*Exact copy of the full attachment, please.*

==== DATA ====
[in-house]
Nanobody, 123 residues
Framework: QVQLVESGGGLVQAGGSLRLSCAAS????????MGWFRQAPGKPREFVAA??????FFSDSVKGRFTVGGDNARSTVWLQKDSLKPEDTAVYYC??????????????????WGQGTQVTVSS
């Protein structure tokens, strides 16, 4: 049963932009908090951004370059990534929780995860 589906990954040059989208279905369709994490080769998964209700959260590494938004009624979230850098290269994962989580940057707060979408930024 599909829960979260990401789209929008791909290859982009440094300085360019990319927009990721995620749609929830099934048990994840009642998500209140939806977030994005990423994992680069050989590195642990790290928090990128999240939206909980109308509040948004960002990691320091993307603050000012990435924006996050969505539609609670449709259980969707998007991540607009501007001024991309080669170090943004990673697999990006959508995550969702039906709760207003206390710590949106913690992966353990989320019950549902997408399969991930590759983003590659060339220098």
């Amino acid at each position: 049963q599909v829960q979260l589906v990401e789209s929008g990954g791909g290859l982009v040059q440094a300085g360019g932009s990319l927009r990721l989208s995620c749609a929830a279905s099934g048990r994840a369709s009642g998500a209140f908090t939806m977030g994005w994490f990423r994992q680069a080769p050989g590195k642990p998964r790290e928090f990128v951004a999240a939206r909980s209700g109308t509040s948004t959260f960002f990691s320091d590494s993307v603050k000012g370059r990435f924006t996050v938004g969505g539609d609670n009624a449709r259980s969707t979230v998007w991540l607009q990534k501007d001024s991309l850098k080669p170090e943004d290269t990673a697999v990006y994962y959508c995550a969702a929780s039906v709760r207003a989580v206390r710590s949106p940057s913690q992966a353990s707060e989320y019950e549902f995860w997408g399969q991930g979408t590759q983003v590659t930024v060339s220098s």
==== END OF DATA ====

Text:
[in-house]
Nanobody, 123 residues
Framework: QVQLVESGGGLVQAGGSLRLSCAAS????????MGWFRQAPGKPREFVAA??????FFSDSVKGRFTVGGDNARSTVWLQKDSLKPEDTAVYYC??????????????????WGQGTQVTVSS
């Protein structure tokens, strides 16, 4: 049963932009908090951004370059990534929780995860 589906990954040059989208279905369709994490080769998964209700959260590494938004009624979230850098290269994962989580940057707060979408930024 599909829960979260990401789209929008791909290859982009440094300085360019990319927009990721995620749609929830099934048990994840009642998500209140939806977030994005990423994992680069050989590195642990790290928090990128999240939206909980109308509040948004960002990691320091993307603050000012990435924006996050969505539609609670449709259980969707998007991540607009501007001024991309080669170090943004990673697999990006959508995550969702039906709760207003206390710590949106913690992966353990989320019950549902997408399969991930590759983003590659060339220098």
């Amino acid at each position: 049963q599909v829960q979260l589906v990401e789209s929008g990954g791909g290859l982009v040059q440094a300085g360019g932009s990319l927009r990721l989208s995620c749609a929830a279905s099934g048990r994840a369709s009642g998500a209140f908090t939806m977030g994005w994490f990423r994992q680069a080769p050989g590195k642990p998964r790290e928090f990128v951004a999240a939206r909980s209700g109308t509040s948004t959260f960002f990691s320091d590494s993307v603050k000012g370059r990435f924006t996050v938004g969505g539609d609670n009624a449709r259980s969707t979230v998007w991540l607009q990534k501007d001024s991309l850098k080669p170090e943004d290269t990673a697999v990006y994962y959508c995550a969702a929780s039906v709760r207003a989580v206390r710590s949106p940057s913690q992966a353990s707060e989320y019950e549902f995860w997408g399969q991930g979408t590759q983003v590659t930024v060339s220098s």